For the entire history of venture capital, the start-up world has been dominated by white male venture capitalists and white male entrepreneurs. The result is that there is a dearth of successful role models that buck this trend, discouraging risk-taking from venture capitalists and entrepreneurs alike. Whether conscious or unconscious, there is a bias of what a CEO looks like. How a CEO should talk or act. And I think the very human mistake is made, that if you do not look like someone who looks like most of the other successful people you know or have invested in, you must be lacking that magical element. I cannot tell you the number of times people looked past me to one of my male employees to answer a question about the business model, or the number of times my appearance is commented on or discussed as a business asset.
Despite the efforts of good women and men to change the landscape, today, less than 2% of all venture capital goes to women founders. It's got to change. Every great company requires funding, and if you do not have access to venture capital, then your options to grow your company, hire talent, or compete in the marketplace, are limited. I'm lucky to have successfully raised funding, and have the battle scars to prove it, but I am encouraged by the growing number of investors and funds who are dedicated to investing in diverse founders. It's a step in the right direction.
Which historical figure (alive or dead) inspires you? How and why?
So many people inspire me. They show the strength of our human will, the goodness of our humanity. I love Marie Curie. She was a pioneer in every stage of her life. Denied entrance to traditional university because she was a woman, she went to become the first woman in France to defend her doctoral thesis, the first woman professor at the University of Paris, the first woman to win a Nobel Prize, and the only person ever to win two Nobel Prizes in two scientific fields. And while she poured her life work into her science, she also had a wonderful love, a happy marriage, and family with her husband, Pierre Curie. As a woman, she was underestimated, second-guessed, and even challenged that she could balance her wife and mother duties. She reminds me that we are not defined but what society expects of us, we have the power to chart our own path.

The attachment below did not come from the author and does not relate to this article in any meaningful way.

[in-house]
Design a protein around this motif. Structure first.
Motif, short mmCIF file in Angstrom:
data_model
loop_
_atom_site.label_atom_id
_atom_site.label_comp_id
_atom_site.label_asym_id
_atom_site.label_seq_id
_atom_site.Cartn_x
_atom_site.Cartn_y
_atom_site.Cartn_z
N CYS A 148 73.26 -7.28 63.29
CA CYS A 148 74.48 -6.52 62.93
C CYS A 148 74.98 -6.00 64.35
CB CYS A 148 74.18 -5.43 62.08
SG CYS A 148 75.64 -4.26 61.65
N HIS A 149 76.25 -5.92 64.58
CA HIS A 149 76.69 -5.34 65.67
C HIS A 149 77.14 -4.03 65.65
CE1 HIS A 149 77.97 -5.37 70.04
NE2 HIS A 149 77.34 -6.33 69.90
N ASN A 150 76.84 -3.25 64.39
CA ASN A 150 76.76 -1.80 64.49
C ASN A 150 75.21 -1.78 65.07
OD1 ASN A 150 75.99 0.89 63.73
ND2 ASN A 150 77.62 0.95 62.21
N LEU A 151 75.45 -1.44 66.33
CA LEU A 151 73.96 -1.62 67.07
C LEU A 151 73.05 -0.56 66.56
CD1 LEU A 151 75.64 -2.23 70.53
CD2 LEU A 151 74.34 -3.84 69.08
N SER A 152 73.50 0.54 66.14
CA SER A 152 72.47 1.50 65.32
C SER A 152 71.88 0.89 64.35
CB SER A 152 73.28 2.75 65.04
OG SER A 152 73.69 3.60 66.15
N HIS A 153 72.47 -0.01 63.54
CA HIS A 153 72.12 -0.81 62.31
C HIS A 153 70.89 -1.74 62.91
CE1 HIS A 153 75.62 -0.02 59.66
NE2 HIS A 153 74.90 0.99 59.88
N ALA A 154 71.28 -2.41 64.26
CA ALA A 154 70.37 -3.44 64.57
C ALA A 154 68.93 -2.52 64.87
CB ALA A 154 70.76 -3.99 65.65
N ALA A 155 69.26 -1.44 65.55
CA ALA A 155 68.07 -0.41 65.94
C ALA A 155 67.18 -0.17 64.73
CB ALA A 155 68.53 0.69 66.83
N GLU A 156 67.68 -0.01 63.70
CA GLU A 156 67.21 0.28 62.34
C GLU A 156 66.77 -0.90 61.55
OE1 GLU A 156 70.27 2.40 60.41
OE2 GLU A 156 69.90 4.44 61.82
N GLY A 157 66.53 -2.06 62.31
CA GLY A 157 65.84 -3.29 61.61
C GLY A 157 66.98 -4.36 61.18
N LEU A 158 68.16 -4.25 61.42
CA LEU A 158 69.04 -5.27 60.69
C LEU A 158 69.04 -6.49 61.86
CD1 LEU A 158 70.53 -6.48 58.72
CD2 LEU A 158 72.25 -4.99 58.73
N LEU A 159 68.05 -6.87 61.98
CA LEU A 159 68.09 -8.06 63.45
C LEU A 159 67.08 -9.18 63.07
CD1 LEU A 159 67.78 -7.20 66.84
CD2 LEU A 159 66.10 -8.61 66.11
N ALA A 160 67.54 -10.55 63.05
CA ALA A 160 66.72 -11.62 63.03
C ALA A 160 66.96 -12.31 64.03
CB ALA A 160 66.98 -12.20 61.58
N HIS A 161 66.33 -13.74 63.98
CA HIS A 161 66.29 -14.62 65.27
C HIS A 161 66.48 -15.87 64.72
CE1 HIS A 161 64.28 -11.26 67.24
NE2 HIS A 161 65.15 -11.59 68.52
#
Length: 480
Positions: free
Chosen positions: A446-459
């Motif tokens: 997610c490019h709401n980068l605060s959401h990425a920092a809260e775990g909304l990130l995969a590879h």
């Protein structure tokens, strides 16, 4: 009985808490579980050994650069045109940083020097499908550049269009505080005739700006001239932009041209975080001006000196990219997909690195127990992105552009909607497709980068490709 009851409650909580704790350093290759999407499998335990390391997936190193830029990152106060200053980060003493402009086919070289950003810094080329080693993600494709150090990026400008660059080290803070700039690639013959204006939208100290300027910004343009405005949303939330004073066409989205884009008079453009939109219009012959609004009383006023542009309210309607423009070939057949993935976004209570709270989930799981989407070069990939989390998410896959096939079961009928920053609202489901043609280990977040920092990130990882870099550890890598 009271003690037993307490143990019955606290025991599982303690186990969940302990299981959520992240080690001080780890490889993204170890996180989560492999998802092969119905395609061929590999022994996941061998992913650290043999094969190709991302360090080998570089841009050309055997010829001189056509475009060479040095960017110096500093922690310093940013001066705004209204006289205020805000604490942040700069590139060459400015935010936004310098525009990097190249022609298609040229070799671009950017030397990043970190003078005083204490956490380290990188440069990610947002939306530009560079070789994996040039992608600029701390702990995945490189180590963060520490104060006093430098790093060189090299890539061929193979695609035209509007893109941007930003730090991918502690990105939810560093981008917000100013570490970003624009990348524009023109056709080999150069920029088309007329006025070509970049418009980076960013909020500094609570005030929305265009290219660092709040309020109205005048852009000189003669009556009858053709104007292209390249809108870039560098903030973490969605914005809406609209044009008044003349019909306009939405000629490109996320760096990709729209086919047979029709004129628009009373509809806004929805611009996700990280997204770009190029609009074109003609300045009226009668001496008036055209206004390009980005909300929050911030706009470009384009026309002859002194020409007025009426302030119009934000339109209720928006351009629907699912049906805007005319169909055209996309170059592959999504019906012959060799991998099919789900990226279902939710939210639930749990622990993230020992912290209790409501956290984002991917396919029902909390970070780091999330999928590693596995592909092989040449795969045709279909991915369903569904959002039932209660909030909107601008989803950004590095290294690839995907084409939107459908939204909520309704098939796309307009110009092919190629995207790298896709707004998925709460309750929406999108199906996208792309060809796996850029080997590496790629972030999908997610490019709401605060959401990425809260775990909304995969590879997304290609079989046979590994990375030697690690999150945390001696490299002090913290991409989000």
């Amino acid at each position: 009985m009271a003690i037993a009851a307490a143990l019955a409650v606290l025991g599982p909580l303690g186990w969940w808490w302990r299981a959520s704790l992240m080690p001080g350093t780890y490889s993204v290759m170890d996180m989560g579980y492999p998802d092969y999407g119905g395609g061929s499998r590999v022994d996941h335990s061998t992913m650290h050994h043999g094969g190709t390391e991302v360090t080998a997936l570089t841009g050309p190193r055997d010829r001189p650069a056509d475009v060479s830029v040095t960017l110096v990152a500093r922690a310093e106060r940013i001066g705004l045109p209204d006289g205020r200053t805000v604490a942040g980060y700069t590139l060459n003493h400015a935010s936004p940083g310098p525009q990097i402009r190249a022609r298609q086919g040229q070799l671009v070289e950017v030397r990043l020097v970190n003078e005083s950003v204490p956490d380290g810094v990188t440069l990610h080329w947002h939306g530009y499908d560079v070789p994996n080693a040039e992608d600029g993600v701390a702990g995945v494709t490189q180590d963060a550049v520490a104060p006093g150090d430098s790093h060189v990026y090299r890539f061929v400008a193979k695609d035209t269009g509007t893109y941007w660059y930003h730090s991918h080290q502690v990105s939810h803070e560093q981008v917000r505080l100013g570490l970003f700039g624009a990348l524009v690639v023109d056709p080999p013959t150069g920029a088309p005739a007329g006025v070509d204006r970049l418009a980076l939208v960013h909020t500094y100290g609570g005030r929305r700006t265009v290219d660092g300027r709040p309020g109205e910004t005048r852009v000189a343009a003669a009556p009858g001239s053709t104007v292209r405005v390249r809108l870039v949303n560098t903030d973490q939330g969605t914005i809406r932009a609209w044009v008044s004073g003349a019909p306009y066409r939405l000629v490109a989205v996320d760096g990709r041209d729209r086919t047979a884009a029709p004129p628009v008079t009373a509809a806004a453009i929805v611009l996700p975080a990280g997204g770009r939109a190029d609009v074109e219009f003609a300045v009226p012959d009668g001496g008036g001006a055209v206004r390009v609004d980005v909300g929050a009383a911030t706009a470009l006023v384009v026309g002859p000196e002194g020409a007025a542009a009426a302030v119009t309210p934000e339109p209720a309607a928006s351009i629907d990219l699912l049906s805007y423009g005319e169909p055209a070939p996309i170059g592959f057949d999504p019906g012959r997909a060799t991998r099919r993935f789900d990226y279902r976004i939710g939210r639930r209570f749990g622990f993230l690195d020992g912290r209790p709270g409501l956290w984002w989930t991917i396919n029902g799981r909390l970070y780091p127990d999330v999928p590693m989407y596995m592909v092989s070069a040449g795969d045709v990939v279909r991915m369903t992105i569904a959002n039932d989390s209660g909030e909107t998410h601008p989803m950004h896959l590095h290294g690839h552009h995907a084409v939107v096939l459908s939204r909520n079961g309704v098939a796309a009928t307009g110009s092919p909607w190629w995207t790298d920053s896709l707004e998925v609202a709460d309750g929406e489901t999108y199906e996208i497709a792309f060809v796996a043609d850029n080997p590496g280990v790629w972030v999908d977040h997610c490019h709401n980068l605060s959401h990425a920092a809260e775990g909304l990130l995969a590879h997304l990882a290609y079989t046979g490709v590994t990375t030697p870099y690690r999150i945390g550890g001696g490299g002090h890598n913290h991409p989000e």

What advice do you have for an entrepreneurial-minded physician who’s interested in starting their own company?
Always follow your passion. Someone with your talent and ideas has a lot of opportunities--the best one is the one you are most passionate about. That matters a ton, especially when the going gets tough--and it will get tough. Don't let the how-tos daunt you too much--you'll be able to learn on the go. Read voraciously and network with other entrepreneurs. We're a very giving crowd, we tell it like it is because we've gone through it ourselves. And culture matters. A great company can be derailed by a bad culture. Think about it proactively, live it, and own it. It'll ensure that you surround yourself with people who will be committed to your values, and make the journey all the more worthwhile.
The American Medical Association and the Physician Innovation Network thank Dr. Yu for her participation in the AMA's 2016 inaugural Healthier Nation Innovation Challenge, in which Twiage won first prize. Her innovative and trailblazing work is appreciated and celebrated by our organization.